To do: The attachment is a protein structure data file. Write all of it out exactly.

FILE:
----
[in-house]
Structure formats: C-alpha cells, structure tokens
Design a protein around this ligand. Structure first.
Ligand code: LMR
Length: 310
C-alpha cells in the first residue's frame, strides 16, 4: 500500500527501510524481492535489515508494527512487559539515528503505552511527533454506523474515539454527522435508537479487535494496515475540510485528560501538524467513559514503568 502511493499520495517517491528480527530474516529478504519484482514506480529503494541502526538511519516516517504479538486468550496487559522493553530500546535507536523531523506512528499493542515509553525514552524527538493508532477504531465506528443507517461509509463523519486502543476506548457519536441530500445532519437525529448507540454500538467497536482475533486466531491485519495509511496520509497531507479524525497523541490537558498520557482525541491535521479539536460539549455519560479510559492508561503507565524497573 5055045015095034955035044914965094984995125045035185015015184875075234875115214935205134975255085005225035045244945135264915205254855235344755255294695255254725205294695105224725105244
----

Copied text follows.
[in-house]
Structure formats: C-alpha cells, structure tokens
Design a protein around this ligand. Structure first.
Ligand code: LMR
Length: 310
C-alpha cells in the first residue's frame, strides 16, 4: 500500500527501510524481492535489515508494527512487559539515528503505552511527533454506523474515539454527522435508537479487535494496515475540510485528560501538524467513559514503568 502511493499520495517517491528480527530474516529478504519484482514506480529503494541502526538511519516516517504479538486468550496487559522493553530500546535507536523531523506512528499493542515509553525514552524527538493508532477504531465506528443507517461509509463523519486502543476506548457519536441530500445532519437525529448507540454500538467497536482475533486466531491485519495509511496520509497531507479524525497523541490537558498520557482525541491535521479539536460539549455519560479510559492508561503507565524497573 5055045015095034955035044914965094984995125045035185015015184875075234875115214935205134975255085005225035045244945135264915205254855235344755255294695255254725205294695105224725105244